Ipilimumab was given intravenously every 3 weeks in doses ranging from 1?mg/kg to 3?mg/kg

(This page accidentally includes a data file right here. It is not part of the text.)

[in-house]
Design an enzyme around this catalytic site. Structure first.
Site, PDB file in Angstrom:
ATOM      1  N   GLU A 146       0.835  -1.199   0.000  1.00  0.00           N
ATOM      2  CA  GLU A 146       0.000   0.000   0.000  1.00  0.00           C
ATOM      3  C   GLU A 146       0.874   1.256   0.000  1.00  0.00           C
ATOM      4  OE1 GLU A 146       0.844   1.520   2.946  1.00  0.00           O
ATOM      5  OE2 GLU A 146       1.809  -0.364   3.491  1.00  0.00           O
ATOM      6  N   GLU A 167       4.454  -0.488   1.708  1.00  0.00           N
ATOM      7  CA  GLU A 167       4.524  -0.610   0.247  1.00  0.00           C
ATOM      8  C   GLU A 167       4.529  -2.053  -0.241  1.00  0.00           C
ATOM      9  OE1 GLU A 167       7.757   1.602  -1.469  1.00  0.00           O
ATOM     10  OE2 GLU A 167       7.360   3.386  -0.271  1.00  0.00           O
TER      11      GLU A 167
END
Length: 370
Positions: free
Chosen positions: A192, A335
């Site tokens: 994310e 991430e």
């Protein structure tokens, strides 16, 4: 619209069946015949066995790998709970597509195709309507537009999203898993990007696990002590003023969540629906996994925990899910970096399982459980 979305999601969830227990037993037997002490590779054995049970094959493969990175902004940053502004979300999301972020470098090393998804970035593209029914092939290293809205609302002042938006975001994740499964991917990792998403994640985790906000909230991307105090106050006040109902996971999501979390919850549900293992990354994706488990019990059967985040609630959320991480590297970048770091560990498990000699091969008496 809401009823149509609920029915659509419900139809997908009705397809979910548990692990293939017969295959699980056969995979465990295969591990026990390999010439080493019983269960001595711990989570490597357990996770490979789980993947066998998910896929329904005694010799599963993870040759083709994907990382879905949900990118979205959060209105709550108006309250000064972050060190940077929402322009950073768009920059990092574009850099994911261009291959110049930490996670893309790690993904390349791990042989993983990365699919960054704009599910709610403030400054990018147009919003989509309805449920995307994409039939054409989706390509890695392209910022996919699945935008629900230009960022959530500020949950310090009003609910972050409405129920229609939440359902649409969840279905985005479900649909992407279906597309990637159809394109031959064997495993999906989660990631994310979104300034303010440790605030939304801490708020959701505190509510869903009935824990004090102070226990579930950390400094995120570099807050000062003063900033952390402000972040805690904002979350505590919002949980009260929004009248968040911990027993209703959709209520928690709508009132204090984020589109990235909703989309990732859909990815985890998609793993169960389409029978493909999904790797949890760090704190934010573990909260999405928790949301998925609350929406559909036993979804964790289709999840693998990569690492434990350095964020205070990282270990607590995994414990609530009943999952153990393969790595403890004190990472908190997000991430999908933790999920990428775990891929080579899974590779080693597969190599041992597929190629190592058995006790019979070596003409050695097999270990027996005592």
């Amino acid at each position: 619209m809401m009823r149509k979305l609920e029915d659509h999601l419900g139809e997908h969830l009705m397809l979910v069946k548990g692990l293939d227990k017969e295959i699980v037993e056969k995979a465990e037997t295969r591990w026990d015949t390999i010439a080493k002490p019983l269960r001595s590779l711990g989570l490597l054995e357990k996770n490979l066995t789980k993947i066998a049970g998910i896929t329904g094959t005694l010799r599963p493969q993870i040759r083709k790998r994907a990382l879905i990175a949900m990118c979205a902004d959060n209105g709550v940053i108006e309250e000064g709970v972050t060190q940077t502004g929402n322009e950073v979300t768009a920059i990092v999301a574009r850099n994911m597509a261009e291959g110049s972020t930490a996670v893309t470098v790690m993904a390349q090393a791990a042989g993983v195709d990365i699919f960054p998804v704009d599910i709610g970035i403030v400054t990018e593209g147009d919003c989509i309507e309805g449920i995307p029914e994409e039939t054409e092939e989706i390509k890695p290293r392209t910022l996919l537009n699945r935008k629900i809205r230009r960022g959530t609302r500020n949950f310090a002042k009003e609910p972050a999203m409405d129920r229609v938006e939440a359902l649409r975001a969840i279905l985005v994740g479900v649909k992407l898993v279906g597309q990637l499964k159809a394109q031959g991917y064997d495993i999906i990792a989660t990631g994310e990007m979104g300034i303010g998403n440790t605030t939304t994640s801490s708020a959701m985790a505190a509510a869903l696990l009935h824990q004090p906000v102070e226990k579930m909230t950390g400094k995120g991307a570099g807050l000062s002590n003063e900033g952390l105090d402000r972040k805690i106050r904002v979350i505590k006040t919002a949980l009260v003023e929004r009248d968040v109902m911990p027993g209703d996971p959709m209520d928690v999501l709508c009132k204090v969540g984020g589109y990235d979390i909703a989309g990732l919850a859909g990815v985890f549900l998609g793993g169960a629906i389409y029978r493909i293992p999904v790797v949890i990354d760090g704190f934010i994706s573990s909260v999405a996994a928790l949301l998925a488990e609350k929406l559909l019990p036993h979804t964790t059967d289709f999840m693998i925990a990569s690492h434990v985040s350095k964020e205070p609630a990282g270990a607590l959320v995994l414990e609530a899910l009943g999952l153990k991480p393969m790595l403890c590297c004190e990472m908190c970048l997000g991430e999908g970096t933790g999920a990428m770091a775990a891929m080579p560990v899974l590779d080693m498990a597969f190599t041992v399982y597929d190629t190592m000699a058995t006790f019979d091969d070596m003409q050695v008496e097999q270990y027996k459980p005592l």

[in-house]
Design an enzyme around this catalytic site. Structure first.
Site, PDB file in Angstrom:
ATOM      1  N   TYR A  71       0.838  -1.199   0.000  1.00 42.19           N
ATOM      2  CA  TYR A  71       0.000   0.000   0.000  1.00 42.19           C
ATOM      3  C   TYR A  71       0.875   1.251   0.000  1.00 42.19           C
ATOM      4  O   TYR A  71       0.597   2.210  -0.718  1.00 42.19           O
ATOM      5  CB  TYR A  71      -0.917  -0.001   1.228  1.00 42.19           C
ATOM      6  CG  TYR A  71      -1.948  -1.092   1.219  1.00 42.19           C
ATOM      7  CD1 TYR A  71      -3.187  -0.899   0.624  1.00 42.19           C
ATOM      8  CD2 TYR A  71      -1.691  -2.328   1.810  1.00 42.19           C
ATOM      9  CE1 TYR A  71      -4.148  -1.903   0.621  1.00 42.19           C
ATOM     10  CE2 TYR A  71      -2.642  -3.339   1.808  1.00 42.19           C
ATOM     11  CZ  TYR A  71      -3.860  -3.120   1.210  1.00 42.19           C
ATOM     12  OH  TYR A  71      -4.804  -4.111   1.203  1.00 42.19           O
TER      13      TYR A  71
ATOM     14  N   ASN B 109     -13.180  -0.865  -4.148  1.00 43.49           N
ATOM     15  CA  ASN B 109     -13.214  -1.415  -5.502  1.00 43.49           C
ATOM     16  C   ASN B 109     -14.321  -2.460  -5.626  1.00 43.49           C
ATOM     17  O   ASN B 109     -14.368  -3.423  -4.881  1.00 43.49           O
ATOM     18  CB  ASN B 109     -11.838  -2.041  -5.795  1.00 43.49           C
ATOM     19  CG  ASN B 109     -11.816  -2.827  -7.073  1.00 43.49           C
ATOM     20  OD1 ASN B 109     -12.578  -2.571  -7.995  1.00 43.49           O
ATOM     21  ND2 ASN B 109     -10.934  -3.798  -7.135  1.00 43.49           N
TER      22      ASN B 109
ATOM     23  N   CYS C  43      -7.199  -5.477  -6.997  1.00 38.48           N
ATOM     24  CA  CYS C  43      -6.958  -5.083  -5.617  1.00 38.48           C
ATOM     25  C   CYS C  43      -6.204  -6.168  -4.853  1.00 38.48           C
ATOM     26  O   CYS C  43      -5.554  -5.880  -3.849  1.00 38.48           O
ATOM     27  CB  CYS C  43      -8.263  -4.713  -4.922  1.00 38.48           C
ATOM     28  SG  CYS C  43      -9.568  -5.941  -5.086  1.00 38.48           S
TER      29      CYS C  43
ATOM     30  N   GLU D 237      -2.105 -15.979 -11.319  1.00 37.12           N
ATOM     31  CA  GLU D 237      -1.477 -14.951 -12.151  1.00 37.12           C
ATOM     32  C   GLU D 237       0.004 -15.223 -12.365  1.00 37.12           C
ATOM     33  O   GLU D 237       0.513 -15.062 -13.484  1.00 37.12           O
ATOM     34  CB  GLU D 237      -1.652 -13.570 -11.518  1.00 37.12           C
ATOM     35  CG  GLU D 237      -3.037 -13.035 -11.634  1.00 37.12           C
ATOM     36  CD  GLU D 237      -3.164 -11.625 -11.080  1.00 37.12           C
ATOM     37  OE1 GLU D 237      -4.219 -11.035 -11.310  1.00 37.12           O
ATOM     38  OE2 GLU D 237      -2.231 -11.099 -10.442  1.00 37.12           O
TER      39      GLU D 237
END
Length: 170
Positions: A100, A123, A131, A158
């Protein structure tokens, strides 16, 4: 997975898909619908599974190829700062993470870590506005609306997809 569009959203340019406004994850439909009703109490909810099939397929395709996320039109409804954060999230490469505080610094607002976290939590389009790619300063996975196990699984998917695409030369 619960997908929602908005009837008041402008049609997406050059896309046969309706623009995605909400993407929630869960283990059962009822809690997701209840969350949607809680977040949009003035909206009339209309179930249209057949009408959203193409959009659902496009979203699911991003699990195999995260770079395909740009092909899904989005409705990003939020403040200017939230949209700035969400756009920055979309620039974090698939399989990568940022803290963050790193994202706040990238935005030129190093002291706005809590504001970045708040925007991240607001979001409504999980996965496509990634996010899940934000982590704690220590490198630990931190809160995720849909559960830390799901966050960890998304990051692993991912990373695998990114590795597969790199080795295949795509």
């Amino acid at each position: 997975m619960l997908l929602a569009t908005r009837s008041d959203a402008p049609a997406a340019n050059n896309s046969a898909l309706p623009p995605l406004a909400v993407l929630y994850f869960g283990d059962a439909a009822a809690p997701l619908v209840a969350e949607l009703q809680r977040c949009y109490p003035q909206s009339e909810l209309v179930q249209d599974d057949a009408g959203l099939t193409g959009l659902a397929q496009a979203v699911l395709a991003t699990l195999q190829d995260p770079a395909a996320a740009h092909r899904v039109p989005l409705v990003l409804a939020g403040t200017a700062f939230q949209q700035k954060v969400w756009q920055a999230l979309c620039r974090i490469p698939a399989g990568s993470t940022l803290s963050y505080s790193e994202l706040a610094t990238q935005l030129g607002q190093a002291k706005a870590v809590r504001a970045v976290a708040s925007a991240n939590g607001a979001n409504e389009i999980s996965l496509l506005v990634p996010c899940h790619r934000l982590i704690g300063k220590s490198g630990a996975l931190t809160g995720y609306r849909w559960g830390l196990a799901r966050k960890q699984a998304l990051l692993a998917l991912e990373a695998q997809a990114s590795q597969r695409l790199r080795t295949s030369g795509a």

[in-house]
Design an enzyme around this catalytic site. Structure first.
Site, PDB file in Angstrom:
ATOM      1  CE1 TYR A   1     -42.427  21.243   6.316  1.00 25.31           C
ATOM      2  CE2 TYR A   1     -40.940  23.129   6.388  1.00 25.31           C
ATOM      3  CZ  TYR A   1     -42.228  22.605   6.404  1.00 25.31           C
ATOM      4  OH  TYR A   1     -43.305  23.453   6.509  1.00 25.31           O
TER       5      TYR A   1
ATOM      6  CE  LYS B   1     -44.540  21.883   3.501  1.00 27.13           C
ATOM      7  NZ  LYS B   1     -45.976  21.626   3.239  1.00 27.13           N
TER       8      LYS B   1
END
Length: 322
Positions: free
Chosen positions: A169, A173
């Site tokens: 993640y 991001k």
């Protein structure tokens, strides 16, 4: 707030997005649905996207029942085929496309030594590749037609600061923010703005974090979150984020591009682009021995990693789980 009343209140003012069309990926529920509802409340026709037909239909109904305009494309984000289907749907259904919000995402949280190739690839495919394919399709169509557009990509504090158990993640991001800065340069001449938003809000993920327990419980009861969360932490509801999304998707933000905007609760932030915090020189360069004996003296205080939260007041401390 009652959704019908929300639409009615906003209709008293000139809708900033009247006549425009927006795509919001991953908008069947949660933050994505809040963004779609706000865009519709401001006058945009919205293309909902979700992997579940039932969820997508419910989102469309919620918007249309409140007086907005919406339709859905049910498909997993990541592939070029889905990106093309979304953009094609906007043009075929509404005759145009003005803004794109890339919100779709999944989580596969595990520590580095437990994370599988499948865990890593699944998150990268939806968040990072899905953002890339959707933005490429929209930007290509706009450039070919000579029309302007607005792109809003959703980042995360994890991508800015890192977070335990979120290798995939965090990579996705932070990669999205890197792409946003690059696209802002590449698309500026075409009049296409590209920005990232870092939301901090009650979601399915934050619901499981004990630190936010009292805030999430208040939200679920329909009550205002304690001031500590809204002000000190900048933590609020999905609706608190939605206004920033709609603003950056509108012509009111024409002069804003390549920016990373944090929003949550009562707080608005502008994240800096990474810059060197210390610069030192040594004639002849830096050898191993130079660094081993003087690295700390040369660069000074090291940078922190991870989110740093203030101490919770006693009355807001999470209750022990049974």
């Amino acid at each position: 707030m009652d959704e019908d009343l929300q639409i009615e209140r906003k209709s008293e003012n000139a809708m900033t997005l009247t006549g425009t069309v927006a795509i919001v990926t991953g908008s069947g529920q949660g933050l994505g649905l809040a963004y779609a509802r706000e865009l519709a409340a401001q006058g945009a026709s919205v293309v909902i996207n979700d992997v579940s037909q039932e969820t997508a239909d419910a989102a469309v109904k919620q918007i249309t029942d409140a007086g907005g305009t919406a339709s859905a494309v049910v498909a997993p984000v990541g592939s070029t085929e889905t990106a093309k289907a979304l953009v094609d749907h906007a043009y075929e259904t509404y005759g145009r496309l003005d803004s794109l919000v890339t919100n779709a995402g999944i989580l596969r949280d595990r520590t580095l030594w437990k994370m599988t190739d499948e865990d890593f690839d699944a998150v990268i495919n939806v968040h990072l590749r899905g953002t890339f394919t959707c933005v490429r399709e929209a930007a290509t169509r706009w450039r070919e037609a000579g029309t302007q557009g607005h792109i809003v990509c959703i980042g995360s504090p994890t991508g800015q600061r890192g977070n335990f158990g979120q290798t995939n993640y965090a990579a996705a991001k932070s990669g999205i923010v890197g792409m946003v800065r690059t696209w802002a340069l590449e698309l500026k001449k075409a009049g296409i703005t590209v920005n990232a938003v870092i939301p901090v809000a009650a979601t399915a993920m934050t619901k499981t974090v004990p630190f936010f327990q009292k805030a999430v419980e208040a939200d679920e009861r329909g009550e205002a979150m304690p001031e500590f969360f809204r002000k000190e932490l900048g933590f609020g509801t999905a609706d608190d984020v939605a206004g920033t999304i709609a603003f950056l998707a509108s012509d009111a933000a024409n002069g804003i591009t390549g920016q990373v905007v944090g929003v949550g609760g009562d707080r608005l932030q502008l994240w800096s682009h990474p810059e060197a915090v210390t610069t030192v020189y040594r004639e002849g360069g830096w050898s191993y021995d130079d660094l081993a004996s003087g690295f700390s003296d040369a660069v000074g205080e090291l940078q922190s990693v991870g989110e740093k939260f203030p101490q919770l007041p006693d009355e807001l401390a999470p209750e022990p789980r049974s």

Ipilimumab was given intravenously every 3 weeks in doses ranging from 1?mg/kg to 3?mg/kg. the programmed cell death-1 receptor, as well as with the advent of new generation tyrosine-kinase receptor inhibitors. This article will review the new therapeutic options available for the treatment of advanced RCC, as well as the future potential molecular targets that are currently being investigated. conducted a phase III randomised trial (CheckMate 025 trial) of nivolumab versus everolimus in advanced clear cell RCC.23 In total, 821 patients previously treated with one or two regimens of antiangiogenic therapies were randomised to receive 3?mg/kg of nivolumab or a 10?mg/day of everolimus. The primary endpoint was OS. The secondary endpoints included the ORR and safety. Importantly, nivolumab prolonged OS as compared with everolimus. The median OS was 25.0 months (95%?CI 21.8?to?not estimable) with nivolumab and 19.6 months (95%?CI 17.6 to 23.1) with everolimus (HR 0.73, 98.5%?CI 0.57 to 0.93, p=0.002). The OS benefit was observed irrespective of the MSKCC group and number of prior antiangiogenic therapies. Similarly, the benefit with nivolumab over everolimus was seen regardless of PD-L1 tumour immunohistochemistry expression. Interestingly, the?median OS was consistently lower in the PD-L1 positive group irrespective of the treatment arm, which indicates a negative prognostic role of PD-L1 expression but do not support its role as a predictive marker of response to PD-1 blockade. The ORR was also significantly greater with nivolumab than with everolimus (25% vs 5%; OR 5.98, 95%?CI 3.68 to 9.72, p 0.001). The median PFS however was similar in both arms: 4.6 months (95%?CI 3.7 to 5.4) with nivolumab and 4.4 months (95%?CI 3.7 to 5.5) with everolimus PHTPP (HR 0.88, 95%?CI 0.75 to 1 1.03, p=0.11). Nivolumab safety profile was acceptable. The most common AEs with nivolumab were fatigue (33%), nausea (14%) and pruritus (14%). Nivolumab was better tolerated than everolimus, grade 3 or 4 4 treatment-related AEs occurring in 19% of the patients receiving nivolumab as compared with 37% with everolimus. Quality of life as measured by the Functional Assessment of Cancer Therapy- Kidney Symptom Index- Disease related Symptoms (FKSI-DRS) questionnaire was also significantly improved with nivolumab as compared with everolimus (p 0.05).23 The authors conclude PHTPP that this is the first study to show improvement in OS in advanced RCC since the publication of the pivotal trial of temsirolimus.5 Consequently, in November 2015 the FDA approved the use of nivolumab to treat patients with metastatic RCC who have previously progressed to one or two regimens of antiangiogenic therapy, becoming a new standard-of-care treatment option in that setting. Nivolumab was subsequently EMA-approved for RCC in February 2016. The main results of this clinical trial are summarised in table 1. The fact that OS but not PFS was prolonged in the phase III trial of nivolumab may be related to the intrinsic immunostimulatory mechanism of action of nivolumab. Immune?cell activation requires time to take place, and therefore tumour kinetics could initially surpass that time and show a transient progression TRIB3 before experiencing objective response. Moreover, tumour infiltration by immune?cell might increase the volume of tumour lesions and mimic progression, in what has been called pseudo-progression or flare phenomenon. Together, these events could lead to the observation of transient progression when using Response Evaluation Criteria In Solid Tumors (RECIST) criteria assessment that could lead to premature discontinuation of an active treatment affecting the assessment of PFS, but not necessarily OS. Similar findings have been observed with ipilimumab and nivolumab in patients with malignant melanoma and other immunotherapy agents in other tumour types. To address this issue, a modified version of RECIST, the immune-related response criteria, has been proposed to more adequately assess the delayed and mixed responses observed with new immunotherapy agents. Moreover, in order to deal with this issue, most clinical trials with PD1/PD-L1 inhibitors allow patients to continue PHTPP on study therapy beyond initial disease progression if there is clinical benefit and the side-effect profile remains acceptable. Finally, the recent approval of these three new treatment options (nivolumab, cabozantinib, lenvatinib plus everolimus) as second-line therapies has dramatically changed the landscape of advanced RCC. In view of the improvement in OS seen in large randomised phase III trials, both the National Comprehensive Cancer Network (NCCN) guidelines24 and the European Society for Medical Oncology (ESMO) guidelines25 now recommend nivolumab and cabozantinib as the new preferred second-line treatment options. Lenvatinib plus everolimus is also considered a PHTPP valid option with an OS benefit. Of note, only the NCCN guidelines have included this latter treatment combination as an option, while the ESMO guidelines have not included it yet, pending the.